Which CoQ10 is best for fertility and why?
Thanks to many awesome professional fertility websites and personal blogs which have exploded in numbers over the past years (several thousand fertility blogs as I’m updating this post in 2017), women over 35 who are struggling to get pregnant now know with confidence that:
1. Egg quality and quantity is THE single most limiting factor in getting pregnant and delivering a healthy baby in women over 35.
2. There are lifestyle interventions that are proven to help improve egg quality, the most important of them being a diet (Mediterranean or Harvard Fertility-Diet, depending on the type of infertility disorder), as well as supplements like CoQ10, DHEA, Vitamin D and some other.
While I am deeply convinced that it’s possible for every woman to improve her egg quality at least partially by taking action and adjusting those parameters herself, I have to add that best results will surely be achieved faster when working together with a fertility specialist (here is how you can find me if you need me to adjust your supplement list or have any fertility-related question).
One of the questions that I get from you most often is: which CoQ10 is best for fertility? Why? How much CoQ10 should I take?
What I notice from the messages you send to me is that many women either
1. Take too little CoQ10 (100mg a day or less), or
2. Take way too many other vitamins and generally supplement without focus on egg quality
3. Obsess about which kind of CoQ10 to take and from which manufacturer
So on one side, I am happy that so many women understood that CoQ10 is a powerful weapon they have in the war against aging eggs and diminishing ovarian reserve.
But why is it that CoQ10 is so effective?
It is because CoQ10 is the key component of the energy producing particles inside eggs. As eggs and ovaries become older, mitochondria inside them become less efficient in delivering energy, which results in decreased egg and embryo quality.
In a nutshell, this is the major problem why it becomes difficult to get pregnant later in life (and not only to get pregnant, but also to sustain pregnancy and deliver a healthy baby).
This natural energy decline can partially be counteracted by supplying CoQ10 externally. However, instead of taking low und unspecific doses of CoQ10, I would stick to what’s been scientifically and clinically proven to work, decrease aneuploidy and increase pregnancy rates. That is 600mg CoQ10 in the form of ubiqunol .
This I would take this for at least 3-6 months before even thinking of making a break or changing a manufacturer. After this time of 3-6 months (but hopefully you are well into your pregnancy by then!) I would change the manufacturer, in order to minimize the intake of other stuff that is contained in the vitamin capsules.
Regarding the CoQ10 itself: it is simply beneficial for your eggs, and please don’t be reluctant to take the dosage that is proven to work and give the results you are interested in: improvement of egg quality. There are no significant side-effects of CoQ10 (people with heart diseases go up to 1500mg daily as a prevention). So this is one of the rare cases in the supplementing business where you don’t have to be concerned with any detrimental consequences.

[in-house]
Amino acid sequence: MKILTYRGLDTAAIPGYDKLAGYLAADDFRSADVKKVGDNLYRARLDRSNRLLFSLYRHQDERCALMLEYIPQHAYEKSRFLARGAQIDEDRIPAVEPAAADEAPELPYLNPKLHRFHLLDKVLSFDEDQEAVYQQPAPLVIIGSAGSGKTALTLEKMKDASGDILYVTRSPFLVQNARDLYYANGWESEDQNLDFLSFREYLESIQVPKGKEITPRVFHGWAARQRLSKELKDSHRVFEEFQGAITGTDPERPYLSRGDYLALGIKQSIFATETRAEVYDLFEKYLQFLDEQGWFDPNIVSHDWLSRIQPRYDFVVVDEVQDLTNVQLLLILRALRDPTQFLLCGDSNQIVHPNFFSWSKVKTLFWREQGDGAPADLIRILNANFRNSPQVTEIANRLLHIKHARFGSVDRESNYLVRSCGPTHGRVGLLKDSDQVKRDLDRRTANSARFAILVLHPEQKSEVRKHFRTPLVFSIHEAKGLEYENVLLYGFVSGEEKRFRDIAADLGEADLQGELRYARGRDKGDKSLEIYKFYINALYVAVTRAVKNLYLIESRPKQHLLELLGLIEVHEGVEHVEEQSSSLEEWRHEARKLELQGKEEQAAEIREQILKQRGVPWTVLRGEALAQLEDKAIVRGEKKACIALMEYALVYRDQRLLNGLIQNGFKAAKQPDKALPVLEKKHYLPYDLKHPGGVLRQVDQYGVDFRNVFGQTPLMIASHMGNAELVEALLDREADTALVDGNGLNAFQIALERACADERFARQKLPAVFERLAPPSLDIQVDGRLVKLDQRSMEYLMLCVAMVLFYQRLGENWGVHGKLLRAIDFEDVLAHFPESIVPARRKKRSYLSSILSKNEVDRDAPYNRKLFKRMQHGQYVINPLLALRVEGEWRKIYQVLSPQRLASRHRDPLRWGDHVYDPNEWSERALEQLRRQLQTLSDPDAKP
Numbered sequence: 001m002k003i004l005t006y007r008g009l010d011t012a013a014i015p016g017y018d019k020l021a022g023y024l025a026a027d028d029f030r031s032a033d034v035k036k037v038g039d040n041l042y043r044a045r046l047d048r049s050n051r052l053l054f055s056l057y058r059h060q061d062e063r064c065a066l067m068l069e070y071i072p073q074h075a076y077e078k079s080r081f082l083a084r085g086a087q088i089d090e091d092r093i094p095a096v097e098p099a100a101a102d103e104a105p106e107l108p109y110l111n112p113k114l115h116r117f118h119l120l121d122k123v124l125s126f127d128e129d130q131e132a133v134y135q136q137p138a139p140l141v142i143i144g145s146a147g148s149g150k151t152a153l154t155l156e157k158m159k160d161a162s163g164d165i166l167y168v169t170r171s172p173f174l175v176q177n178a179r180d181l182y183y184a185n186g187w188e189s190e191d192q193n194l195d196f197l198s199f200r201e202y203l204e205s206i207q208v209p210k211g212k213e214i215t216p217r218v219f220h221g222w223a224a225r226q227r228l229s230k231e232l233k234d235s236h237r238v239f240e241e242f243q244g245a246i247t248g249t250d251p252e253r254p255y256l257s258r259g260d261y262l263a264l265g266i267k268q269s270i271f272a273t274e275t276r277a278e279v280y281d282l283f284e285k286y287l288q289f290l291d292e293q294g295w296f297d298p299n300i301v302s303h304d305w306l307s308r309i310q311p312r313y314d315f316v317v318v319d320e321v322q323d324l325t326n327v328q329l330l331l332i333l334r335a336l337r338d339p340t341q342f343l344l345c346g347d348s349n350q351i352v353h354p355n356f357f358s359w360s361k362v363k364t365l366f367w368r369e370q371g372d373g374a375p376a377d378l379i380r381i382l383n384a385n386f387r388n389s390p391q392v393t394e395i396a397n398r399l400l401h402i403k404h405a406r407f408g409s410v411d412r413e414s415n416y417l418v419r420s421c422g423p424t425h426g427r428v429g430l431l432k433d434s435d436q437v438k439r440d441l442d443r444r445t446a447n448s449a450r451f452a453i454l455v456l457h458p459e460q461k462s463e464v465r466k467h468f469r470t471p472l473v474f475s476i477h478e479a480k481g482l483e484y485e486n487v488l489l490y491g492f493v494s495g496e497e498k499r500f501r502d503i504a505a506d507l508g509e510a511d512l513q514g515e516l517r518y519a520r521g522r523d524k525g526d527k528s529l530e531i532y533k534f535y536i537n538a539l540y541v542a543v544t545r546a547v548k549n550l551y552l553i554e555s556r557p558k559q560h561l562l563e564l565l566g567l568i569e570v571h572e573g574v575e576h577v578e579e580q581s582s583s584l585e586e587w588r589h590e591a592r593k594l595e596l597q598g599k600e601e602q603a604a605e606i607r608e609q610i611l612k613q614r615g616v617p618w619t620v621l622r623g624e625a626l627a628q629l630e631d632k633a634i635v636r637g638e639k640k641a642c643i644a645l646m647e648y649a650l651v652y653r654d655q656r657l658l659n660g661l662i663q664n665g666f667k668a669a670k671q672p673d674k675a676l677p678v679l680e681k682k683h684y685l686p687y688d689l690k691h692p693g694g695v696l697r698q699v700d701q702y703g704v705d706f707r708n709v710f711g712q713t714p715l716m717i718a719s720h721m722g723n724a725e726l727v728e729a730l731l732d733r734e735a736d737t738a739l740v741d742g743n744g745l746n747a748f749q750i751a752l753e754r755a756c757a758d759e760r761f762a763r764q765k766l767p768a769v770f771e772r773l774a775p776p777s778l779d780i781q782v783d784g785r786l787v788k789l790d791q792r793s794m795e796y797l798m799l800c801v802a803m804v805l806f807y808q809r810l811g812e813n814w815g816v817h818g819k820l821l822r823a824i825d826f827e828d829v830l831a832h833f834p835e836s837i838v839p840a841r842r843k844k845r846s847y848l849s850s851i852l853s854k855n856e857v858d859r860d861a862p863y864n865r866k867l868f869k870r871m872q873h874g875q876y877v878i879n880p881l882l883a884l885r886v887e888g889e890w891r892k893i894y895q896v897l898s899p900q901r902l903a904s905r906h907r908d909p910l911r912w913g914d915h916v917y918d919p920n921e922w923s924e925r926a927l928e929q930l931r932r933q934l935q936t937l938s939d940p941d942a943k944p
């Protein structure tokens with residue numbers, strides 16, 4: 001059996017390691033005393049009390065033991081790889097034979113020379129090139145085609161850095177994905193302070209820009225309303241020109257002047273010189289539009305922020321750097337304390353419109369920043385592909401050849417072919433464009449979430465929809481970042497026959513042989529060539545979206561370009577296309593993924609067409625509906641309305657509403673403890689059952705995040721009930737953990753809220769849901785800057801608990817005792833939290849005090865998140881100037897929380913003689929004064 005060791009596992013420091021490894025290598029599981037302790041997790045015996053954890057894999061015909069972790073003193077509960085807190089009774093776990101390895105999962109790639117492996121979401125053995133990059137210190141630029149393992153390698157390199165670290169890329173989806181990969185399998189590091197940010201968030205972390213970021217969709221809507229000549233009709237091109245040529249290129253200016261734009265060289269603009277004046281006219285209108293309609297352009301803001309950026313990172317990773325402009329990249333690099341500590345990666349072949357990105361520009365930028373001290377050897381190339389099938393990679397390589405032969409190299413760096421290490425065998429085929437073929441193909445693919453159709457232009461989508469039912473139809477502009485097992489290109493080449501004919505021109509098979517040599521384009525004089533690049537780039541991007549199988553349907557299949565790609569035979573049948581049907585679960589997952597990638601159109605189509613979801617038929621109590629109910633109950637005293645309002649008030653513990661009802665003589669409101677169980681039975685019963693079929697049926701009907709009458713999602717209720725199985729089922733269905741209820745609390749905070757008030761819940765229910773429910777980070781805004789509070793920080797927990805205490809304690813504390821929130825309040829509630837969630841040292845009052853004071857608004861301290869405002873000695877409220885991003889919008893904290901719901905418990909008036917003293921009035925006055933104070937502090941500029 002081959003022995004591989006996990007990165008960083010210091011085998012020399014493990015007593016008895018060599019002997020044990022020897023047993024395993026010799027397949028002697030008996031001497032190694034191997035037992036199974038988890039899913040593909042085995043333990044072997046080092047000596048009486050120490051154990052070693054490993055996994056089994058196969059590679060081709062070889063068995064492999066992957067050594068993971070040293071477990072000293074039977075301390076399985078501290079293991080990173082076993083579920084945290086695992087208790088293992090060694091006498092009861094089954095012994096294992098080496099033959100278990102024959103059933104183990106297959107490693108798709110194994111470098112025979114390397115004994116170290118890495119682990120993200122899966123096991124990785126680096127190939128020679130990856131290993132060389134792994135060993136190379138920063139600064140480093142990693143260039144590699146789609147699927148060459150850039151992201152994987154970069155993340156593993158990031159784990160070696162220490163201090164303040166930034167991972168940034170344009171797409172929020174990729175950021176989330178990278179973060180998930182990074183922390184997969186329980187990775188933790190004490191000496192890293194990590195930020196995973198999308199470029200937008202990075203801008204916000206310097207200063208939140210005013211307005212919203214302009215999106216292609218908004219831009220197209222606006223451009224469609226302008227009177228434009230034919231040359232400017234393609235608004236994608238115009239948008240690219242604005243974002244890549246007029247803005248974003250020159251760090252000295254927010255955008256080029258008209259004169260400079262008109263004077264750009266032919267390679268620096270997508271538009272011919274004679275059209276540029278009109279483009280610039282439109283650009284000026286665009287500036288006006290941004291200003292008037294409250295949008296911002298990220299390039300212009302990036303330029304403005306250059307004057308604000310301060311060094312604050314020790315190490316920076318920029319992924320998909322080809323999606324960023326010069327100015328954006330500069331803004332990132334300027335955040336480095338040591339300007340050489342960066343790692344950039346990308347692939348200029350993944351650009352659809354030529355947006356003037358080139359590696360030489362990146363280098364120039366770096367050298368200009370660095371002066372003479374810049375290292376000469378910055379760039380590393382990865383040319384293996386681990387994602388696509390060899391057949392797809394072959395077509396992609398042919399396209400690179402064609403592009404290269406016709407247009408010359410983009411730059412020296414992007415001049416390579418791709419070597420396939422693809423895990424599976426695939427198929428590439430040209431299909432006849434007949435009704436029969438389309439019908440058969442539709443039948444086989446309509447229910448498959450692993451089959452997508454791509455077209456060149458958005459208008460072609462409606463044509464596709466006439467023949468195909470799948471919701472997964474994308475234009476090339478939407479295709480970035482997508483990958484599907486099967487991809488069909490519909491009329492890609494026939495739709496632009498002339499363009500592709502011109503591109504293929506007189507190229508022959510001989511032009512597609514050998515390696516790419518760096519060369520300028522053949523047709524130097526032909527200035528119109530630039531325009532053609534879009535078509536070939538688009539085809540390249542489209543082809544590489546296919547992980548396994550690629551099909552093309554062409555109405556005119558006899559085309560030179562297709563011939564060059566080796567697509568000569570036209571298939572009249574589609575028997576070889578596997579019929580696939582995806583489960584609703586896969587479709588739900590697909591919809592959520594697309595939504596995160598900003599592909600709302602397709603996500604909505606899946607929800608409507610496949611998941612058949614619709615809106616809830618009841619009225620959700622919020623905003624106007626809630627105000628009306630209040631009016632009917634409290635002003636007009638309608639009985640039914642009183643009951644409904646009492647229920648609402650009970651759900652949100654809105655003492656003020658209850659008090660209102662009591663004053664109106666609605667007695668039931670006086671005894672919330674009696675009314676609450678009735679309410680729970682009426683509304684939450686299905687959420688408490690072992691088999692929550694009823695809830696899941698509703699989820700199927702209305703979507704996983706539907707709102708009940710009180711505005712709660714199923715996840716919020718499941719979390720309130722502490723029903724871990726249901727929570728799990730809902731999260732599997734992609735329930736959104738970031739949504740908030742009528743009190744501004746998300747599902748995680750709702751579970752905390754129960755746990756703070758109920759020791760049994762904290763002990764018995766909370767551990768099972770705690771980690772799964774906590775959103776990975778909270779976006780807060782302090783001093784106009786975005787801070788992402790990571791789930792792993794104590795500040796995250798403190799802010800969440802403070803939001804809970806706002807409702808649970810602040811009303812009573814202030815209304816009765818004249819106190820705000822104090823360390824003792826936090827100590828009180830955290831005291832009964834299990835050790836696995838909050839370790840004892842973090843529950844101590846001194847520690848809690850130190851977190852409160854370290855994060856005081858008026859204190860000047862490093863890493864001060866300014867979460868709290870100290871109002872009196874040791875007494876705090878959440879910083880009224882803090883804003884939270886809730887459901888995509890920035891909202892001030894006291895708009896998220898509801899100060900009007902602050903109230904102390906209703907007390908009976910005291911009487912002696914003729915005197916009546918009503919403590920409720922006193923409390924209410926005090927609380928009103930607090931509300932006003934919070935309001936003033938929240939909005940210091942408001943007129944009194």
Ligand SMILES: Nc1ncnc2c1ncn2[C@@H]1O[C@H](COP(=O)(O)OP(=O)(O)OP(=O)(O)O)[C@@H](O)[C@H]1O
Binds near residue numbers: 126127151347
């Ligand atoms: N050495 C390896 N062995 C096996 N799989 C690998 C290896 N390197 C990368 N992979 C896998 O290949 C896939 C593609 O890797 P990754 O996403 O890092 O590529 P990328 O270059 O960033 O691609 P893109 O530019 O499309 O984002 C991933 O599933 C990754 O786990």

To point number two: I am sometimes amazed when women ask me what I think of the lists of supplements they are taking.
In addition to the usual suspects (prenatal vitamins with folate), many women seem to throw in pretty much everything they every found in the internet that may work to improve egg quality: vitamin E and C, myoinositol, melatonin, resveratrol, pyrroloquinoline quinone, royal jelly, all kinds of plant extracts etc…(I have a separate post on why women should not make a laboratory out of their body).
Taking just about everything available on the market does not guarantee added benefits.
On the contrary – you may enter the zone of cross-interactions that no one knows much about.
Take the plants for example – a single extract may contain up to a few hundred individual compounds (and no one has ever tested how they may interact with your individual biochemistry). Add to this high dosages of hormones which come with each round of IVF and you have a mixture which could potentially harm your health on a long-term.
ALERT notice: Groups that will most clearly benefit from the CoQ10 supplementation are women with low ovarian reserve and women at the end of their reproductive age.
To point number three: Which form of CoQ10 should be taken, ubiqunon or ubiqunol? As I said all over the blog, CoQ10 is the essential part of the energy-producing system in each and every cell, eggs included. (What personally amazes me is that eggs contain by far more mitochondria, than just about any other cell in the body. Only the heart cells come close to eggs in the number of mitochondria, showing the intensity of their energy demand.) This energy is finally utilized in the electron-rich, reduced form of ubiqunol-CoQ10.
That’s why is I would strongly recommend to take the dose which was published to actually give the results – 600mg per day and to take it in the form of ubiquinol.
Many supplement producers claim the ubiquinol form of CoQ10 is five to eight times more potent in reaching the therapeutic effects of CoQ10 concentration in blood that is needed for improving egg quality and health. But is that true?
I don’t know.
My gut feeling is that ubiqinol is definitely more potent but some of the effects may be pushed by the supplements industry and may have to do more with positioning a product on the market than real differences in terms of affecting egg quality.
I hope this answers some of the most burning questions regarding CoQ10. And please let me know what your experiences are, I am always interested in your feedback!